Officially, Bankman served as an outside consultant to his son until he joined the payroll of FTX’s US division. In December 2021, 11 months before its collapse, as a senior adviser to the company’s charity. But in practice he took on a much broader portfolio, according to testimony and evidence presented at the criminal trial.
The banker advised FTX Engineering director Nishad Singh on a $477 million loan, Singh testified. Bankman participated in 16 signal group chats about company business with his son and other top executives, and was on FTX. The Bahamas headquarters collapsed after a meeting with the country’s securities regulator with his son, a Bahamian lawyer retained by FTX testified.
The civil suit also points to Bankman’s internal role. In September 2019, the banker “failed to investigate” a whistleblower complaint that “threatened to expose FTX Group as a house of cards,” the suit alleges. His status earned him perks like private jets, $1,200 hotel stays and a cameo in an FTX Super Bowl commercial opposite Larry David.
Fried, meanwhile, appeared to coach his son on how to hide the source of campaign funds as part of a $100 million political influence-peddling operation, the civil suit alleges. Singh and Ryan Salem, former co-CEOs of FTX’s Bahamian subsidiary, have already pleaded guilty to violating campaign finance laws for their role in the scheme by making donations that Bankman-Fried reimbursed.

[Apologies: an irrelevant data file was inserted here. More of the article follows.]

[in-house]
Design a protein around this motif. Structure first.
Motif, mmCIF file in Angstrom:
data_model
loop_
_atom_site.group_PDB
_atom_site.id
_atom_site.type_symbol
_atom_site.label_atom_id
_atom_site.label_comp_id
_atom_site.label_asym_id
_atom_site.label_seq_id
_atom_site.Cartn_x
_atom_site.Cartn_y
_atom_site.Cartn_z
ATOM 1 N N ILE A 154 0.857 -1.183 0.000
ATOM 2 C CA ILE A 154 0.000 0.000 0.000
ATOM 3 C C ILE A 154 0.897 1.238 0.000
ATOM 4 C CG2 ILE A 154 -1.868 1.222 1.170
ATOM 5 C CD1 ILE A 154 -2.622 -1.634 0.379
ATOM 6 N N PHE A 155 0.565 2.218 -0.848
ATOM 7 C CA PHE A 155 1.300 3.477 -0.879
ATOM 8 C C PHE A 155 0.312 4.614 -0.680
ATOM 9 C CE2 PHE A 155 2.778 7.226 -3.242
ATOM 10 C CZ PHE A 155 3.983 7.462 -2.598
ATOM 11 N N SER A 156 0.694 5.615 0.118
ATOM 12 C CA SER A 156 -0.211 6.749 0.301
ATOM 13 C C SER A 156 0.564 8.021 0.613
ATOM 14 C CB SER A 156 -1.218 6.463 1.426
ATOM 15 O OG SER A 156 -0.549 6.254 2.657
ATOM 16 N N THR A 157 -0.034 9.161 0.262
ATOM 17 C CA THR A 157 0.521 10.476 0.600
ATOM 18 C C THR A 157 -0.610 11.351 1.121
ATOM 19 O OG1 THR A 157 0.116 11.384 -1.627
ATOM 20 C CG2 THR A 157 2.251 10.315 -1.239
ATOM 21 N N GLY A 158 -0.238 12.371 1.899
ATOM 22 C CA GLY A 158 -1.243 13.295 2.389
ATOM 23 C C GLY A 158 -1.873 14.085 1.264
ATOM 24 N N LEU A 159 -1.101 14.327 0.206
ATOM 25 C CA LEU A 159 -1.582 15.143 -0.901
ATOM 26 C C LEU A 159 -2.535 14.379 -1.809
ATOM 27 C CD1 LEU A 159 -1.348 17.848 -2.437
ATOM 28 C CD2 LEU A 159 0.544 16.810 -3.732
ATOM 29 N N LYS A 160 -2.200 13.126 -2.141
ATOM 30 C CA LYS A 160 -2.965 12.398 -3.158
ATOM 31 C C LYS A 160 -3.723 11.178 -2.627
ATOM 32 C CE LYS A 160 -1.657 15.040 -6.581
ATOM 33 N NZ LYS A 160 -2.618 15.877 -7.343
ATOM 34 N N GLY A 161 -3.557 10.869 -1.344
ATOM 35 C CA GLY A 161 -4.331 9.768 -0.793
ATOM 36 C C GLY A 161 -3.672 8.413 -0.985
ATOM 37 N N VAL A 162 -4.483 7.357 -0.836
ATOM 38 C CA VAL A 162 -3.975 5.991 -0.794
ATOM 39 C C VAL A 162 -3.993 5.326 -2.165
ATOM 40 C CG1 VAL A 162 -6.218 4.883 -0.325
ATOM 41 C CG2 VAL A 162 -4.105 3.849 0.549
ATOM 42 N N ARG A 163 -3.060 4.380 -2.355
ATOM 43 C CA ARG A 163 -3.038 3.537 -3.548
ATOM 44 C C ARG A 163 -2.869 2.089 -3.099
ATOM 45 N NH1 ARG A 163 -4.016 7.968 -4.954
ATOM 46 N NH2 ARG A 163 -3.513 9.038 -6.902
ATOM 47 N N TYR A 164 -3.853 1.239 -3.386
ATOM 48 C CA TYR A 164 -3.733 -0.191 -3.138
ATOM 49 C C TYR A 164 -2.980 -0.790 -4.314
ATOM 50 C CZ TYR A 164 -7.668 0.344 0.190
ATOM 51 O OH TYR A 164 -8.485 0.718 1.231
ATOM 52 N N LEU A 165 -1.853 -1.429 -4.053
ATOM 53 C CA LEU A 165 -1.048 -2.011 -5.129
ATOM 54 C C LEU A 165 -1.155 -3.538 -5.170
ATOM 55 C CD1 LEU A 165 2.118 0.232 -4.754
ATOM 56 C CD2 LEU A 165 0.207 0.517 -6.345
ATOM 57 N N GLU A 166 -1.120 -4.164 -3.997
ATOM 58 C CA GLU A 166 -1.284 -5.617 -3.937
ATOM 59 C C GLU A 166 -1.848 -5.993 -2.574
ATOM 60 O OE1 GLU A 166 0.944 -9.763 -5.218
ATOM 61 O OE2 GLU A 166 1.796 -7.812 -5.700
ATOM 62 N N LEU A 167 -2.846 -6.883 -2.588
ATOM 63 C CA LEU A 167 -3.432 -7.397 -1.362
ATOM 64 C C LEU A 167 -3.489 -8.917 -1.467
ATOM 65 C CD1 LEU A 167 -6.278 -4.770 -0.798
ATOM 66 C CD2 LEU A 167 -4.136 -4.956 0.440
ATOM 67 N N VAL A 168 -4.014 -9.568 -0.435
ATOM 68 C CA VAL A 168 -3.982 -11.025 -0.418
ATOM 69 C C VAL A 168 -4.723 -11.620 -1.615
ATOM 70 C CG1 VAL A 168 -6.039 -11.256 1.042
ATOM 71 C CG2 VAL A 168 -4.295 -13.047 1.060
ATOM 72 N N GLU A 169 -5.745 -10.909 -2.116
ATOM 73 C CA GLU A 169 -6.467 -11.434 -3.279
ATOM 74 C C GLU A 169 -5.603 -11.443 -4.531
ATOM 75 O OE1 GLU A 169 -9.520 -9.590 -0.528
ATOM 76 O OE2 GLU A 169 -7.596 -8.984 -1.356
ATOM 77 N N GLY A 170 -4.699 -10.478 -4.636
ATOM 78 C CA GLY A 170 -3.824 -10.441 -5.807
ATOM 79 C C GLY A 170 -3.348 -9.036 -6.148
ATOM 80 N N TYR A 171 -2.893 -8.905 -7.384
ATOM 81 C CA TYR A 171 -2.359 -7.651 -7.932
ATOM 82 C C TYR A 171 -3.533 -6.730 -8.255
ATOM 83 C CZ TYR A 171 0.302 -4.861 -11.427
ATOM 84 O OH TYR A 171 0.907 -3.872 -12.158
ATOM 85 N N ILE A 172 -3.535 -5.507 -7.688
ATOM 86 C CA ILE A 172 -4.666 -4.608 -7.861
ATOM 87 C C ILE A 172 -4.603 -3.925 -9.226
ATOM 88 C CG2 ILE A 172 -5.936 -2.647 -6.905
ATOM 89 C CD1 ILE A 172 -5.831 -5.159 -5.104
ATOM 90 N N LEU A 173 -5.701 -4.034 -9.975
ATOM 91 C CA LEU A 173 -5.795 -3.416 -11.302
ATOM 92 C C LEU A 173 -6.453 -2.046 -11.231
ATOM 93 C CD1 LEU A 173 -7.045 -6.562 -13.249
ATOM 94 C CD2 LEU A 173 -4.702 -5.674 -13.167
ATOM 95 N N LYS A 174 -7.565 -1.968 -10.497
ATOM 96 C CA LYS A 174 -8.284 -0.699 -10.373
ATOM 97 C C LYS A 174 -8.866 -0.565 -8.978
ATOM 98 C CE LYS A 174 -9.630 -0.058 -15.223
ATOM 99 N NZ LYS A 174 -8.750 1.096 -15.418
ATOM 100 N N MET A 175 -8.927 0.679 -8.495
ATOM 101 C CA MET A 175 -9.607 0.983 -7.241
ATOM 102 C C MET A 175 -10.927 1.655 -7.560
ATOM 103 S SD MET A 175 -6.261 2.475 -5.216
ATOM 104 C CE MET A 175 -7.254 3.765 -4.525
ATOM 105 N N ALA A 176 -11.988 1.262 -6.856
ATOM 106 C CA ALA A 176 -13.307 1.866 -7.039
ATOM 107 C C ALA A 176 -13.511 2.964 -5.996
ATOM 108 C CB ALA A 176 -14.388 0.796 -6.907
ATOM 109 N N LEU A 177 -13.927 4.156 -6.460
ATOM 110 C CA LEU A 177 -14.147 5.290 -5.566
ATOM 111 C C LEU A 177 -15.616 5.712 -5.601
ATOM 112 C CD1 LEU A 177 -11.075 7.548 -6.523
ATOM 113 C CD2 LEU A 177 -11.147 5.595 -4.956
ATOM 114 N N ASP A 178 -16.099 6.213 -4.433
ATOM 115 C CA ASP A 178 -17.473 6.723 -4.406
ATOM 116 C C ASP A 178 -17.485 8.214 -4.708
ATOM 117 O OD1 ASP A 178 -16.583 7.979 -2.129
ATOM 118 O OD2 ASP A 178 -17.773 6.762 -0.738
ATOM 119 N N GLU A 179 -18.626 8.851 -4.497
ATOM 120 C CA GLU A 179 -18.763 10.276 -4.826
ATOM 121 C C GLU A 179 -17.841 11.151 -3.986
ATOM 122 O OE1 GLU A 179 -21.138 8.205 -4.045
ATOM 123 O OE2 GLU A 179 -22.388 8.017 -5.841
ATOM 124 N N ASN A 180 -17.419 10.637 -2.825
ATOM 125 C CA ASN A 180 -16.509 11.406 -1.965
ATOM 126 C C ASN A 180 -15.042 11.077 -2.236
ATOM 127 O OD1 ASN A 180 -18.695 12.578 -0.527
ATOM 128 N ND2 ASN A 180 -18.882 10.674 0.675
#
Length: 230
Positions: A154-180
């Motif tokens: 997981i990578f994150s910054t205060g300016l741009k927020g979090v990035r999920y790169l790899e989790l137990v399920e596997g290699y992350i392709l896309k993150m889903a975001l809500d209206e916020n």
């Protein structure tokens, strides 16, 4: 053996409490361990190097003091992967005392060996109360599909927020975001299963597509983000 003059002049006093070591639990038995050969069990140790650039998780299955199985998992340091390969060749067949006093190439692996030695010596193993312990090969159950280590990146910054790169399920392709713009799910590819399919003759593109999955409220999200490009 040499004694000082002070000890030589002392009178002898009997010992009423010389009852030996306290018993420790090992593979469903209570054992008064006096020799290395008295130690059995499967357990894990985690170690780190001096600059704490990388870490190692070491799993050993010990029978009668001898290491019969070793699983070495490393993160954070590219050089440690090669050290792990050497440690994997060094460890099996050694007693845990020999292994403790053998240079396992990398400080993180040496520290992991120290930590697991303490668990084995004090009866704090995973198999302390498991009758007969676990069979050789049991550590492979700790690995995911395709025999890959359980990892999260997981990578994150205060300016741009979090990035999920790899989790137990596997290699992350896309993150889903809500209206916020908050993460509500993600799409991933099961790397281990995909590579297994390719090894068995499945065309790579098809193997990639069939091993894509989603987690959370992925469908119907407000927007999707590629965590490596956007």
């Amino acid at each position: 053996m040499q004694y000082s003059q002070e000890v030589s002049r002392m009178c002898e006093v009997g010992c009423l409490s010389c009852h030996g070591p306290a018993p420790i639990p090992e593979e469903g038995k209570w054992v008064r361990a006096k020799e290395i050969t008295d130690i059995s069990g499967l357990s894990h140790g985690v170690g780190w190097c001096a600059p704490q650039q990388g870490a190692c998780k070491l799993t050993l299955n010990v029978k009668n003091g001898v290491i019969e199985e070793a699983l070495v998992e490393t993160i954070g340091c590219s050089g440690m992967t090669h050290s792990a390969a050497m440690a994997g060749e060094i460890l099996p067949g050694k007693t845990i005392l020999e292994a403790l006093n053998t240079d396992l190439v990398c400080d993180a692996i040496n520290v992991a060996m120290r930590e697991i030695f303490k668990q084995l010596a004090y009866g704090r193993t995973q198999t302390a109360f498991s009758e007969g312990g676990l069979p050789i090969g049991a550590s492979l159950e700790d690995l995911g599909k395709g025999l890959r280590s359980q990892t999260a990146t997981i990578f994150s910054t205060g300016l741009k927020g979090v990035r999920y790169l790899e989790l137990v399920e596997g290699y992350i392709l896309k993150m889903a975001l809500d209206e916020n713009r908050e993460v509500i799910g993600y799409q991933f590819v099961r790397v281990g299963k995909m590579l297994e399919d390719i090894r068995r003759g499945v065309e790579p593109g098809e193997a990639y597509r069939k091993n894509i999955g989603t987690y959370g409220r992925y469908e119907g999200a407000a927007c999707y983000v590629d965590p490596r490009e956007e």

In an August 2022 email to Bankman-Fried, Fried said, “I will only give in unpublished form, and I strongly urge you to do the same – or change someone else’s name.” Civil suit. A week later, he emailed his son again, saying, “Strongly advise against submitting a disclosure form in your own name.”
Bankman-Fried responded, “I agreed that it made no sense to reveal.”
Both Freud and Bankmann played a part in their son’s investigation, often expressing a contrast with Bankmann-Freud’s stoicism. The banker would continue to give his son a thumbs up even during the tense moments of the investigation; Fried, on several occasions, broke down in tears during breaks in testimony, her husband’s arm around her.
Former prosecutors say government prosecutors considering charges against Bankman and Fried must weigh several factors. They will consider the guilt of the parents, the strength of the evidence against them, and the extent to which the broader cause of justice can be gained by expending limited resources pursuing them.
“There’s a complicated decision matrix for parents to prosecute parents for their son’s involvement in a crime, and really, ‘How much did the parent know?'” said Joshua Naftalis, a former prosecutor in the U.S. Attorney’s Office for the Southern District. of New York, which brought suit against Bankman-Fried.
“Going after his parents could be seen as vindictive,” said Samson Enzer, another former federal prosecutor in Manhattan. Government prosecutors may conclude that “no real value can be added to the advancement of the prosecution’s goals beyond what has already been accomplished by the government’s case. [Bankman-Fried].”
Still, the scale of the fraud is “significant,” said Andrew George, a white-collar defense attorney at Baker Botts, which could compel prosecutors to pursue additional charges. “The government has a lot of power in this matter.”